Section: New Results
Ressource allocation in vehicle sharing systems
Participants : Christine Fricker, Hanene Mohamed, Thanh-Huy Nguyen.
Vehicle sharing systems are becoming an urban mode of transportation, and launched in many cities, as Velib' and Autolib' in Paris. One of the major issues is the availability of the resources: vehicles or free slots to return them. These systems became an important topic in Operation Research and now the importance of stochasticity on the system behavior is commonly admitted. The problem is to understand the system behavior and how to manage these systems in order to provide both resources to users.
Our stochastic model is the first one taking into account the finite number of spots at the stations.
Equivalence of ensembles We used limit local theorems to obtain the asymptotic stationary joint distributions of several station states when the system is large (both numbers of stations and bikes), in the case of finite capacities of the stations. This gives the asymptotic independence property for node states. This widely extends the existing results on heterogeneous bike-sharing systems.
Load balancing policies. Recently we investigated some load balancing algorithms for stochastic networks to improve the bike sharing system behavior. We focus on the choice of the least loaded station among two to return the bike. In real systems, this choice is local. Thus the main challenge is to deal with the choice between two neighboring stations.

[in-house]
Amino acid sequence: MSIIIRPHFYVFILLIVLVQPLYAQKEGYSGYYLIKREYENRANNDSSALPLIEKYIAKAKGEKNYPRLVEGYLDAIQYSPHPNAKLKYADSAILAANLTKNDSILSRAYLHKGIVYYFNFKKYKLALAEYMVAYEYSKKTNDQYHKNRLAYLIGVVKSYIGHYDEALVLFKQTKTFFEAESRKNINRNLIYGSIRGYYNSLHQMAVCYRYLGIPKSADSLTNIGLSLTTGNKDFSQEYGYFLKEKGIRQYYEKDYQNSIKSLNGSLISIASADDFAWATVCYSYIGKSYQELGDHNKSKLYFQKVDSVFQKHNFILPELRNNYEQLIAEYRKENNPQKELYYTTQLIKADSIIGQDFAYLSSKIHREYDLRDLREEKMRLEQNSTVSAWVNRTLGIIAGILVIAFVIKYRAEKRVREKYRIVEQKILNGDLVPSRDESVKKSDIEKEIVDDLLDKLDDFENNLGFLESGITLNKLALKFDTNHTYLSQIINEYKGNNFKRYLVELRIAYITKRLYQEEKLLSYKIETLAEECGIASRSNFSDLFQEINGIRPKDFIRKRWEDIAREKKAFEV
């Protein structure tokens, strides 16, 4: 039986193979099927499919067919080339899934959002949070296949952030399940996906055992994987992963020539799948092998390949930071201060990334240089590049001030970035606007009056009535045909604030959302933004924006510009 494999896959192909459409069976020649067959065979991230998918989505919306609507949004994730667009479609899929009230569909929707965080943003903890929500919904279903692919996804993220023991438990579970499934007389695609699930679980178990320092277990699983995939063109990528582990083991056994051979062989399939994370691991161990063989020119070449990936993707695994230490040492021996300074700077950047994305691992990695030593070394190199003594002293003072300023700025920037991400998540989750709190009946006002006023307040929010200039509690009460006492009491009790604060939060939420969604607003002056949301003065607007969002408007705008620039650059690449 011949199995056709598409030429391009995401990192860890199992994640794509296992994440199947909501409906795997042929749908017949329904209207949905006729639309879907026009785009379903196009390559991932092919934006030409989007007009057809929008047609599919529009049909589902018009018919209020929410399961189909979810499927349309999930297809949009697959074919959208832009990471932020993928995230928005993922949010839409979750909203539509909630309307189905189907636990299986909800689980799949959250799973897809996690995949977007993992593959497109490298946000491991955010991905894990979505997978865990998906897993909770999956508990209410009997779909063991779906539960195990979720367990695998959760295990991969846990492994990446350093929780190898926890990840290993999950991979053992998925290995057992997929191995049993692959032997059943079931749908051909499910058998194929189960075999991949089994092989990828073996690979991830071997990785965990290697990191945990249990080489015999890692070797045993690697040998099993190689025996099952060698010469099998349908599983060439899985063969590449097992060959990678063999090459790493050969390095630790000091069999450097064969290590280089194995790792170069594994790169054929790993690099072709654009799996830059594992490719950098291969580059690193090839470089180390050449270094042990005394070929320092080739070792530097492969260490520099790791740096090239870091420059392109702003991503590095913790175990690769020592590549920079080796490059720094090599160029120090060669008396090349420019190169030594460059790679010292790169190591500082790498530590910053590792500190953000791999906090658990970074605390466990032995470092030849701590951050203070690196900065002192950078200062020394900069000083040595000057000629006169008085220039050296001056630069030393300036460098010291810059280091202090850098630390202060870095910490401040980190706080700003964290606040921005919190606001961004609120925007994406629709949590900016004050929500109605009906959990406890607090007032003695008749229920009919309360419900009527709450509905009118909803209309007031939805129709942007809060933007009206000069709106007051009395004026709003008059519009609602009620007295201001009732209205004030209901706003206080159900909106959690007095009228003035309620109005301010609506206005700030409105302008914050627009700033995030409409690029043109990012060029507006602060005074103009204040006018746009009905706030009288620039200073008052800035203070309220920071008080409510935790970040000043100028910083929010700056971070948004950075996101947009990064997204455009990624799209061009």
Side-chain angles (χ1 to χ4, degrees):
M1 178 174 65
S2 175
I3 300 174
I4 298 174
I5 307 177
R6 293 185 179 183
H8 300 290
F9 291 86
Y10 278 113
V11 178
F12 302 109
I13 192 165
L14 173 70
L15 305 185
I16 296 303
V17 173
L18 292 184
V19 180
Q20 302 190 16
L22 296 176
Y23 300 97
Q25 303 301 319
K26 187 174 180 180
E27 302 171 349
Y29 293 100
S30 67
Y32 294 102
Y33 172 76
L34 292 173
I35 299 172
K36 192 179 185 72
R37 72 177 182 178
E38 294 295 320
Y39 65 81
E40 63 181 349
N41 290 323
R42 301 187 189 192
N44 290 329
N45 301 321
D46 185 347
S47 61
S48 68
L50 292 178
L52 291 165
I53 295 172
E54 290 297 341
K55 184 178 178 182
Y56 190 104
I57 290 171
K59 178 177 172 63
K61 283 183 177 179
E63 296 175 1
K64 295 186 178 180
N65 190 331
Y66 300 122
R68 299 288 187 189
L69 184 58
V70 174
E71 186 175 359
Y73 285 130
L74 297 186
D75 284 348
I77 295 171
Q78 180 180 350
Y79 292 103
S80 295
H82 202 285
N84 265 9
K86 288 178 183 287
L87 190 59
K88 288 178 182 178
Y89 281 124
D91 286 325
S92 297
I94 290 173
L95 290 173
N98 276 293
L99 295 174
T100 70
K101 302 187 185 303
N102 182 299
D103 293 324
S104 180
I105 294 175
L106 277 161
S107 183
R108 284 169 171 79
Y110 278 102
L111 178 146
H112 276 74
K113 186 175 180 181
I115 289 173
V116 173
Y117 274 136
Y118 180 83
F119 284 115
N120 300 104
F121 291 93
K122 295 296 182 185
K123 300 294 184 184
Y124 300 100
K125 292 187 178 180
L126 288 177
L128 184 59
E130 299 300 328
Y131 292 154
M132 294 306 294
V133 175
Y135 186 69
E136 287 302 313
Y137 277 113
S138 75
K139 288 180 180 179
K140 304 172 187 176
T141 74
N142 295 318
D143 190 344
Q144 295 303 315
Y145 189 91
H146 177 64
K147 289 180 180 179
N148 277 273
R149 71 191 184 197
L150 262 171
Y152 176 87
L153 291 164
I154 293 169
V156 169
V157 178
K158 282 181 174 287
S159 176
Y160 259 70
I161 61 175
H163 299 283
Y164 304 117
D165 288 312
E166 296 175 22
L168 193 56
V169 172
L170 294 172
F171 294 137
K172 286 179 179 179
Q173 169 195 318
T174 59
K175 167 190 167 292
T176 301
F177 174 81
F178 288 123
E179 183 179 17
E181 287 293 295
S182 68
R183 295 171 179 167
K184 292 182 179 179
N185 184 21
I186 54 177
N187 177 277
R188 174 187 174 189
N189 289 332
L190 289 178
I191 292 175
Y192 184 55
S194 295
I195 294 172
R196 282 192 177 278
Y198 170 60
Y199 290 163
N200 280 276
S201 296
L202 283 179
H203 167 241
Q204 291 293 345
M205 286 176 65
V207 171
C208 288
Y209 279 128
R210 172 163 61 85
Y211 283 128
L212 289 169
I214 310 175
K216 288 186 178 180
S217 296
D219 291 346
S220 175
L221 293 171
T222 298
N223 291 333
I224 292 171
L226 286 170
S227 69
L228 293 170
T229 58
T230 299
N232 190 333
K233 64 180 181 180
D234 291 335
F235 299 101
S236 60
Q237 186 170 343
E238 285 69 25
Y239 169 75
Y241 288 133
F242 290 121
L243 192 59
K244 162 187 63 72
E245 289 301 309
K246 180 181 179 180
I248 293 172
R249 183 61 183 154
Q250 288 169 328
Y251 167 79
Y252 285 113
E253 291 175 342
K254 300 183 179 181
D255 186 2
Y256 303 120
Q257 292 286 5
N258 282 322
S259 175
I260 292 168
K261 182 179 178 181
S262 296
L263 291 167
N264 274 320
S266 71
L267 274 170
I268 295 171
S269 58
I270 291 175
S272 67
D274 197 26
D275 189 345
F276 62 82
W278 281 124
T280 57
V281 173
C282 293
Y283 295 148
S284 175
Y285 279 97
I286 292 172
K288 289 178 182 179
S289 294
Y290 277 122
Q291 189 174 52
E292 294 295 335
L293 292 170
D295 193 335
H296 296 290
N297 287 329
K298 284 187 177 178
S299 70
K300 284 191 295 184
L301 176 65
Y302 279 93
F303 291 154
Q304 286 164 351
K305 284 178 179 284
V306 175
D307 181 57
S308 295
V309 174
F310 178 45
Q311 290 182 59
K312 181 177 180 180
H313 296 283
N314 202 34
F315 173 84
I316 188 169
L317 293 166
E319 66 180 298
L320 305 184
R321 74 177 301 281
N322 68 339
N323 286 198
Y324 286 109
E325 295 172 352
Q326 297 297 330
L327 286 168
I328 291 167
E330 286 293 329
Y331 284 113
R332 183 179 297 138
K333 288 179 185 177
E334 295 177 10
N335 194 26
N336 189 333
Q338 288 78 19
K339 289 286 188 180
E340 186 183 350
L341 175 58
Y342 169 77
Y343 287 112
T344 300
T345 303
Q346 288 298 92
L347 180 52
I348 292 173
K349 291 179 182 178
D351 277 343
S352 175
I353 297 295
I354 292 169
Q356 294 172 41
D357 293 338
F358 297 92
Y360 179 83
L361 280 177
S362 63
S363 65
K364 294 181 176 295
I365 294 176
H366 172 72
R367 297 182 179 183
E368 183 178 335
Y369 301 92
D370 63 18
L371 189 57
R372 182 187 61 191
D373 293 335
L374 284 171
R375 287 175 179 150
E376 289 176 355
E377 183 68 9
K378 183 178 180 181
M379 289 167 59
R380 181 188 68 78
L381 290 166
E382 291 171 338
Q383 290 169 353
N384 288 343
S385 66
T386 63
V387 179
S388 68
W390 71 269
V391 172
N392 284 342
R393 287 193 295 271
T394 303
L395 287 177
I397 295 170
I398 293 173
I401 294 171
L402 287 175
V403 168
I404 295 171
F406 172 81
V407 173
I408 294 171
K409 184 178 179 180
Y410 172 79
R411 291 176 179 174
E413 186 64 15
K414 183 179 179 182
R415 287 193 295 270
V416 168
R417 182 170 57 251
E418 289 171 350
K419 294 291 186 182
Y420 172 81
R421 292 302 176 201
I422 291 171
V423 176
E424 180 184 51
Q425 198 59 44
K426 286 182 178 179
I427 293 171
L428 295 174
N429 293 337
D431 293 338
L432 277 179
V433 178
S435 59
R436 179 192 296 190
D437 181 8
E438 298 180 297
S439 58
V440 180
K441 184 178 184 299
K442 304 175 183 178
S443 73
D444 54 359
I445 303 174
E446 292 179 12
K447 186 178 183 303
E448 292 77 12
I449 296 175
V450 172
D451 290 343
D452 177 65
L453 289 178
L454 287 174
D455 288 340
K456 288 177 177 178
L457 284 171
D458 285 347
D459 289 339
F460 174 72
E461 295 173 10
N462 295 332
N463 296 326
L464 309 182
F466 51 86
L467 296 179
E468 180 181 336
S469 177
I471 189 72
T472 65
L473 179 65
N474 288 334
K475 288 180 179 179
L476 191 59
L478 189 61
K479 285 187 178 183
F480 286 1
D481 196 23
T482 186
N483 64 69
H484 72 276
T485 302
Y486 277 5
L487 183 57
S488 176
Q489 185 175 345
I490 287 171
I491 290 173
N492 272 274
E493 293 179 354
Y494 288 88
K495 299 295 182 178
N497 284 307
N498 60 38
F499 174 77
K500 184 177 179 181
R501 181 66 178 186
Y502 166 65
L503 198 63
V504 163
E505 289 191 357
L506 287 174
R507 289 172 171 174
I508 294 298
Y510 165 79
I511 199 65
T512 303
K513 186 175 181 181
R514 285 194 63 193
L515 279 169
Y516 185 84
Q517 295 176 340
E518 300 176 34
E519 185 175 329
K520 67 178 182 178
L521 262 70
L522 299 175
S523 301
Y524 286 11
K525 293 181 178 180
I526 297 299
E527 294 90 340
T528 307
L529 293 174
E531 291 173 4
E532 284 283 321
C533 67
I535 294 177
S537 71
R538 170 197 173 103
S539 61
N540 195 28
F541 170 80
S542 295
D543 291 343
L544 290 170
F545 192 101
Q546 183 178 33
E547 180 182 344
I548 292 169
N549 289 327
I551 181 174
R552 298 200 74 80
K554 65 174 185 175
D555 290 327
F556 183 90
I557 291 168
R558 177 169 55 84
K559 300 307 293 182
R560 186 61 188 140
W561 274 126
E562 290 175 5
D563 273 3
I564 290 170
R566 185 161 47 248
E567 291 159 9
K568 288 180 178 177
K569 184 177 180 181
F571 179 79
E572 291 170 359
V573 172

For that, a set of queues, with a local choice policy, is studied. When a customer arrives at queue , he joins the least loaded queue between queues and . When the load tends to zero, we obtain an asymptotic for the stationary distribution of the number of customers at a queue. It allows to compare local choice, no choice and choice between two chosen at random.
For a bike-sharing homogeneous model, we study a deterministic cooperation between the stations, two by two. Analytic results are achieved in an homogeneous bike-sharing model. They concern the limit as the system is large, the so-called mean-field limit, and its equilibrium point. Results on performance mainly involve an original closed form expression of the stationary blocking probability in the classical join-the-shortest-queue model. These results are compared by simulations with the policy where the users choose the least loaded station between two stations to return close to their destination. It turns out that, because of randomness, the choice between two neighbours gives better performance than grouping stations two by two.
Bike-sharing model with waiting In real systems, if the customer does not find the resource (a bike or an place to return), he can either leave, or search in a neighbouring station, or wait. We extend a basic model to take into account waiting.